Friday, January 17, 2014

The Carlingford Chronicles by Margaret Oliphant

Good writers ruin you for mediocre ones. I should never have read George Eliot before picking up Oliphant.

I had written earlier about discovering Margaret Oliphant through G.K. Chesterton's book on Victorian authors. I did not like the first book I tried and followed someone's suggestion to read the Carlingford Chronicles. According to Wikipedia they are loosely related stories which take place in the same city yet involve different clergymen. I was hoping for some Trollope-like insights into clerical life, and was sorely disappointed. Actually, I liked the first book I read, The Rector, but following the Wikipedia list I assumed I had to go back and read Salem Chapel (first in the chronology). Big mistake.

Salem Chapel doesn't fit the description of a prequel to The Rector. In fact, without having read The Rector first I would not have know about the relationship between Lucy Wodehouse and Wentworth that is just hinted at in SC.  This book had none of the lighthearted wit of the second.  In fact, Arthur Vincent, the protagonist, is an insufferable bore. Not only is he too proud to reach out to the simple folk in his parish, he's self-centered, jealous, vengeful, sullen and unbending. Furthermore, this was a typical example of a Victorian "sensation" novel complete with a villain out to ruin a lady's virtue and the subsequent necessity of her having brain fever so no one really knows what happened till she comes out of it. UGH!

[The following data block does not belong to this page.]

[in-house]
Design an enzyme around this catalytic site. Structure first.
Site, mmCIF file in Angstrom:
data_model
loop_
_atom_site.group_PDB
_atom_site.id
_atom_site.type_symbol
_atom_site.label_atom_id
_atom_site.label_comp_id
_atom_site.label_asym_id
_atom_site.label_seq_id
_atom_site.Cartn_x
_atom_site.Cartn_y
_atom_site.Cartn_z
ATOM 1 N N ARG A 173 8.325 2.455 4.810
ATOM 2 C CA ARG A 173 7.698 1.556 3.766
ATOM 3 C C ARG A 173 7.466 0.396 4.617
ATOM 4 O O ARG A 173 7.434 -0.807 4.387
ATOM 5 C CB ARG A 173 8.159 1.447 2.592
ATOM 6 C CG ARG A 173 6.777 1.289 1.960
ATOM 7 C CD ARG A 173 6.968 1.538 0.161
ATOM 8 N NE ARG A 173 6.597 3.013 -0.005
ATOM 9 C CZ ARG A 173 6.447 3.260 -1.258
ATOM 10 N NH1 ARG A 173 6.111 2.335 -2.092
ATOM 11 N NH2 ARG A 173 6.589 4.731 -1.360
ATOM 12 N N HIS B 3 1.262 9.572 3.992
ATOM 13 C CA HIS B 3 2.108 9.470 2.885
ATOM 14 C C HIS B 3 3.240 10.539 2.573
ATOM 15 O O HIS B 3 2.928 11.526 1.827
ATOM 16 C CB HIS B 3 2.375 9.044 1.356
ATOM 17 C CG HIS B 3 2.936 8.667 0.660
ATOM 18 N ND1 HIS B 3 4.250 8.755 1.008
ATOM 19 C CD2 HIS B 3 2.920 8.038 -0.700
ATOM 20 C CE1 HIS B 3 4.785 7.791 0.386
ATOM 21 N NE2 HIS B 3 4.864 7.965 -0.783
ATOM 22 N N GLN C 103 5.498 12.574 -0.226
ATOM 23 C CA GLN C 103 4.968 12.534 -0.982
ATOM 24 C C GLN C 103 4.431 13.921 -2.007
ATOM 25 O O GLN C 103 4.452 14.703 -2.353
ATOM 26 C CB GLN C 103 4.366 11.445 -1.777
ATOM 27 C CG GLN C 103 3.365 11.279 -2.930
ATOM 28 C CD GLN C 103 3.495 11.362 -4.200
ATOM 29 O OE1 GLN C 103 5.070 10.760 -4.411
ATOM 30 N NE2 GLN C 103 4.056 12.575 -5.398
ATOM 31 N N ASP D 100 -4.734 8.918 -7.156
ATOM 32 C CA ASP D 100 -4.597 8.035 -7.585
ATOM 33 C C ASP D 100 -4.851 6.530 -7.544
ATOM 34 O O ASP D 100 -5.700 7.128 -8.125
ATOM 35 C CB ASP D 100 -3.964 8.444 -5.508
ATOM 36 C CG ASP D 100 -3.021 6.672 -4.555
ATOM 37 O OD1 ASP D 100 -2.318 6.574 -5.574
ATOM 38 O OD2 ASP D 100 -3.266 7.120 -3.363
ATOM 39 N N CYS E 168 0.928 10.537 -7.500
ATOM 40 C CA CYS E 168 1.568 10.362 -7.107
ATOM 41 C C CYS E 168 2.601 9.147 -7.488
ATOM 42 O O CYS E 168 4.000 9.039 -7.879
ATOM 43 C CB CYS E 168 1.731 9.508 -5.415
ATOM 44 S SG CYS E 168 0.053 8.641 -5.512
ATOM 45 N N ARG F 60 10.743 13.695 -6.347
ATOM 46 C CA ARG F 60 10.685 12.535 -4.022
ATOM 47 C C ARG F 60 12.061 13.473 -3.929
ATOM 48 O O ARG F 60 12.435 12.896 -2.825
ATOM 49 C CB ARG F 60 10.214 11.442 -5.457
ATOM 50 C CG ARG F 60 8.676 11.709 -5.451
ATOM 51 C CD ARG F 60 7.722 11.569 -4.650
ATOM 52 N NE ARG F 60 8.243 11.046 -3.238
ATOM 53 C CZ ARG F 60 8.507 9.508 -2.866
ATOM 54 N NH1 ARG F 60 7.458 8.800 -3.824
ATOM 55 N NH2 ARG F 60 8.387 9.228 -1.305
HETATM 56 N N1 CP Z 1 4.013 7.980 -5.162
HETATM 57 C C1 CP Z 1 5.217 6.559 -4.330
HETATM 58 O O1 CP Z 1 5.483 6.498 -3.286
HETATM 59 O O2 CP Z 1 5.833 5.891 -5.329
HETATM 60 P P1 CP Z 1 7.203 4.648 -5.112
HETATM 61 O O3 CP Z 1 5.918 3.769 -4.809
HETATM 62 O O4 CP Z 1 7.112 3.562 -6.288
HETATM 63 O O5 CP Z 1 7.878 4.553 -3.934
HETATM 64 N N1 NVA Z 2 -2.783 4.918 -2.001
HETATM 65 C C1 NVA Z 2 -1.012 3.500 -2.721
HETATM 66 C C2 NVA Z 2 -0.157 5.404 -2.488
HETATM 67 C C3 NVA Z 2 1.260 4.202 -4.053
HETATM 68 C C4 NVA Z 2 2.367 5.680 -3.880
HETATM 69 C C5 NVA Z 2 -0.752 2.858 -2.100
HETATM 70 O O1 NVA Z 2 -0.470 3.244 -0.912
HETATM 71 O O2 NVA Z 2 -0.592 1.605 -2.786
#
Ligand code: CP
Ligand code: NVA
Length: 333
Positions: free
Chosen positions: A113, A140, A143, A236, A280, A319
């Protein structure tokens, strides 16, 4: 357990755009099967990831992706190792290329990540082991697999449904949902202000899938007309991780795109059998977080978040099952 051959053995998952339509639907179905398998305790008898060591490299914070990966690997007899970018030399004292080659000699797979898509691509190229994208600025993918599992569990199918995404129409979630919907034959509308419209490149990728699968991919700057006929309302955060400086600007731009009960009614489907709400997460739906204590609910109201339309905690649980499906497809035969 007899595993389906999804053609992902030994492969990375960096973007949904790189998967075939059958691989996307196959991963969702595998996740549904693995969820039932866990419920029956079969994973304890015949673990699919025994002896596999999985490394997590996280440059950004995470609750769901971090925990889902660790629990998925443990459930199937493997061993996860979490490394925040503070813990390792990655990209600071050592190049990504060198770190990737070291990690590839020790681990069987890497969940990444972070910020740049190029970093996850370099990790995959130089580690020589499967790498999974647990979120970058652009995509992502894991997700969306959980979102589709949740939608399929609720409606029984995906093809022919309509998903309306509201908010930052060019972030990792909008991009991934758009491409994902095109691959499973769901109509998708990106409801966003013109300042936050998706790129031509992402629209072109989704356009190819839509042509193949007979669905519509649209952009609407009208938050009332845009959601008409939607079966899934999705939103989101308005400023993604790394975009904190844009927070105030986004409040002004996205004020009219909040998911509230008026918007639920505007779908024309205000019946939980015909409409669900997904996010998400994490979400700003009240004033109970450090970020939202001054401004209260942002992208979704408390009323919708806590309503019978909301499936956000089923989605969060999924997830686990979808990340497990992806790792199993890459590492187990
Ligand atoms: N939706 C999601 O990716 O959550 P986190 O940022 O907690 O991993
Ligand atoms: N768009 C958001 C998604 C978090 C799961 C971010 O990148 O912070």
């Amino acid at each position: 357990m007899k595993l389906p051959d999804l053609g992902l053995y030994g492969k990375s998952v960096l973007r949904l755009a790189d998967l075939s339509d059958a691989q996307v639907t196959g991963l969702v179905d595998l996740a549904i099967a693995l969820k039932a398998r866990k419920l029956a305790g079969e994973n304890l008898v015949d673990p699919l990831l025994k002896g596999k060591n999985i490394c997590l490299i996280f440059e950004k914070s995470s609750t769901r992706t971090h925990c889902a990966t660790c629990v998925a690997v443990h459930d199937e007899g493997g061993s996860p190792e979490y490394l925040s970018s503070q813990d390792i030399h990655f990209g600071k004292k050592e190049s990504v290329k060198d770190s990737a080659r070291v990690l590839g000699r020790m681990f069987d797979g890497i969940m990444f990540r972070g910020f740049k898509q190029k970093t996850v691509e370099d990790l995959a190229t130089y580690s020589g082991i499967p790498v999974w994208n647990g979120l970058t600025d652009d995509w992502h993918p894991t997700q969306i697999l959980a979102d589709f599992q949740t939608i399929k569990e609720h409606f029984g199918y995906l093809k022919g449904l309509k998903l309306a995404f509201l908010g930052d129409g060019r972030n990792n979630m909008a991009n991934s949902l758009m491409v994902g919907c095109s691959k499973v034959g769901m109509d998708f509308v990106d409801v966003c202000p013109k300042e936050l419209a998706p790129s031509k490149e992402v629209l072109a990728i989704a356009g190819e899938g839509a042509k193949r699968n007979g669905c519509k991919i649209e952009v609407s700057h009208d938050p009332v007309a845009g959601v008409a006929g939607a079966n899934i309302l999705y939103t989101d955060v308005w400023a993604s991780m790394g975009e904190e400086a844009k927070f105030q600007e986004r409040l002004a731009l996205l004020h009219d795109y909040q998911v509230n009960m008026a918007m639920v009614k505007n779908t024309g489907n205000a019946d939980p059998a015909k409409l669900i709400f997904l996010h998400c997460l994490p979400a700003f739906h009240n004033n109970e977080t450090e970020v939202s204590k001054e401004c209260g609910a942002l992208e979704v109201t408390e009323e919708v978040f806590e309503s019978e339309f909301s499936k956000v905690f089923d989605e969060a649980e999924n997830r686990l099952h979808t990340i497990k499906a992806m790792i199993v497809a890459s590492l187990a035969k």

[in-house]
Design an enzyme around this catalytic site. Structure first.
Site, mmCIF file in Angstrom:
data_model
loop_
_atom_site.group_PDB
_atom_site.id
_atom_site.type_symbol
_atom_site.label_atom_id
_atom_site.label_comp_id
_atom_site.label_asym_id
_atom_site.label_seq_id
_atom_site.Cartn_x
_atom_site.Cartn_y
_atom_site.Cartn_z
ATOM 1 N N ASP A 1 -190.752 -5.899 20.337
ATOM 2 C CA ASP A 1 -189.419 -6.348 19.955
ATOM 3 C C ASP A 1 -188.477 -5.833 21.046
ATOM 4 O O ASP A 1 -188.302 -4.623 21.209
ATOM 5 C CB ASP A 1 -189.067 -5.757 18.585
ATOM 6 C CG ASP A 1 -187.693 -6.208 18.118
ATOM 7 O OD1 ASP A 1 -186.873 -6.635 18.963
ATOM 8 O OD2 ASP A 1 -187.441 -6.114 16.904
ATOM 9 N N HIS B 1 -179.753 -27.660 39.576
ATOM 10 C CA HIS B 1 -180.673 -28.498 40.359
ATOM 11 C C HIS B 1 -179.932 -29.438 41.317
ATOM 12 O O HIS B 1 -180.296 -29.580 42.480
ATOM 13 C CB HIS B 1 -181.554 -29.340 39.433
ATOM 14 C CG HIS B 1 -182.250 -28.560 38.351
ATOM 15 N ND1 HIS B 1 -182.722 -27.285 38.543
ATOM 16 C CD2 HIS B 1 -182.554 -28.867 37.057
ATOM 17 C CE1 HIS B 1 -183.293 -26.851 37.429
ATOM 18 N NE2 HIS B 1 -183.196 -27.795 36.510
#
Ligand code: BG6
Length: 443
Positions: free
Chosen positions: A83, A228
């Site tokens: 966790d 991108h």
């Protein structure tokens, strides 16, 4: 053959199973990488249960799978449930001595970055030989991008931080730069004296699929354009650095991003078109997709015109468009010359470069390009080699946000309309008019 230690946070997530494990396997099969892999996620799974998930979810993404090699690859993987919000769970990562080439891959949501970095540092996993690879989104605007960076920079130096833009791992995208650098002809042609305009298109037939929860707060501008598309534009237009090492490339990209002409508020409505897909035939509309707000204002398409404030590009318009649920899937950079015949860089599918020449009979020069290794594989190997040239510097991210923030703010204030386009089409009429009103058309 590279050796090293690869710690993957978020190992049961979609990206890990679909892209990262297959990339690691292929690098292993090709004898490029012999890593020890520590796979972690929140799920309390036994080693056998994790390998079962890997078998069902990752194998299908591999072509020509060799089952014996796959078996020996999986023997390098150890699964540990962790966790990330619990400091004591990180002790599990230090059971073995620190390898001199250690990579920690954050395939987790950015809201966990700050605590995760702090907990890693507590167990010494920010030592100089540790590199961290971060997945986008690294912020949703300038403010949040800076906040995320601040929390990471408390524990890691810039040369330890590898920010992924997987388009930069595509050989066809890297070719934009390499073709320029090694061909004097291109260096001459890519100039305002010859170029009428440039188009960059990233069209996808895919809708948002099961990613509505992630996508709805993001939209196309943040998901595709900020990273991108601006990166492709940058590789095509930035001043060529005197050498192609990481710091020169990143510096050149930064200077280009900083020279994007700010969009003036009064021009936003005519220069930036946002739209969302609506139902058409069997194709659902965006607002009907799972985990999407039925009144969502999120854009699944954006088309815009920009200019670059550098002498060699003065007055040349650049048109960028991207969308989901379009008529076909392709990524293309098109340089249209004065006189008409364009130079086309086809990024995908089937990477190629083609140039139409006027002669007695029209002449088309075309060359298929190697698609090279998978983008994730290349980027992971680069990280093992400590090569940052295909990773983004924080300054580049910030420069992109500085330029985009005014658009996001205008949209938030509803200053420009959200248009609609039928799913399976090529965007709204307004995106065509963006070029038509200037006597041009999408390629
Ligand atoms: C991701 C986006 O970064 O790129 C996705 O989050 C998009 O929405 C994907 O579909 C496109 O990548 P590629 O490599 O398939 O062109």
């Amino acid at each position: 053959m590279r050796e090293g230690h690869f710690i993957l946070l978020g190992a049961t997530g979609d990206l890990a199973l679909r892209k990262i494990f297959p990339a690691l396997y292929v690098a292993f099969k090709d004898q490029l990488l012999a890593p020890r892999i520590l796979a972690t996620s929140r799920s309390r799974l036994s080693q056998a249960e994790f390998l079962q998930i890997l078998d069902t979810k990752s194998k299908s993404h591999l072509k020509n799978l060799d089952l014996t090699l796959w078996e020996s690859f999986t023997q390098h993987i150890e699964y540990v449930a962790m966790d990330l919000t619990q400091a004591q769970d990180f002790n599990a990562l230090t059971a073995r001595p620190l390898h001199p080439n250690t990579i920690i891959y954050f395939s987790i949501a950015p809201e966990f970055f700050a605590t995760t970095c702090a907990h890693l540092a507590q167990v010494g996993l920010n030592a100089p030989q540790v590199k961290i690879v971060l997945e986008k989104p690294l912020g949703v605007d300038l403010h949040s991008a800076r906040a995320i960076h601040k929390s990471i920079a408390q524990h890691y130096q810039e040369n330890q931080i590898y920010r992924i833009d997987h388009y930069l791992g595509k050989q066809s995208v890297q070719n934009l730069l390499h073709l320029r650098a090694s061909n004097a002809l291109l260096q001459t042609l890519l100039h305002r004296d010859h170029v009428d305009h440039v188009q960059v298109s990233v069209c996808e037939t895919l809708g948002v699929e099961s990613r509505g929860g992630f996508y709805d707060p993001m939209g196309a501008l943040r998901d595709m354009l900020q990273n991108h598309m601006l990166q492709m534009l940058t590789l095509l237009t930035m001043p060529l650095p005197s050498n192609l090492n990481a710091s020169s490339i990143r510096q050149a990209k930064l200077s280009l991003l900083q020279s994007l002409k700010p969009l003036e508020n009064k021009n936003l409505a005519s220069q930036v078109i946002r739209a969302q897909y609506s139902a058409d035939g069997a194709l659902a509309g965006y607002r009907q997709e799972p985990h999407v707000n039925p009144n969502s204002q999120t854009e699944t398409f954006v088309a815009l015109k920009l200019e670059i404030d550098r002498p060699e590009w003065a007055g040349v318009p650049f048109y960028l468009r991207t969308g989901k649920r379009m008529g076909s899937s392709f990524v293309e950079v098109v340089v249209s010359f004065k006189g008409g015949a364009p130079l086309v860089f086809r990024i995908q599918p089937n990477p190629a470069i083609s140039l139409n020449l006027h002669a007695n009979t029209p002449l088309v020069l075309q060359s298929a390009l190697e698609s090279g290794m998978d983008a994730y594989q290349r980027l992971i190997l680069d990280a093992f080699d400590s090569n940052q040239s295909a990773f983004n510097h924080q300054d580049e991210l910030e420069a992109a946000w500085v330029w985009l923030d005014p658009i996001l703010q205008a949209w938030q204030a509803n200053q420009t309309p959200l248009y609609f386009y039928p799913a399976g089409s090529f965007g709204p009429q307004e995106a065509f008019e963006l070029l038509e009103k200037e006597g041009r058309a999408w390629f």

The sequels (The Doctor's Family, The Perpetual Curate, Miss Marjoribanks, and Phoebe Junior) are all on my Kindle, but I am not sure I'll be making the effort to read them.

If you've read any of the above titles and can recommend them, please let me know.

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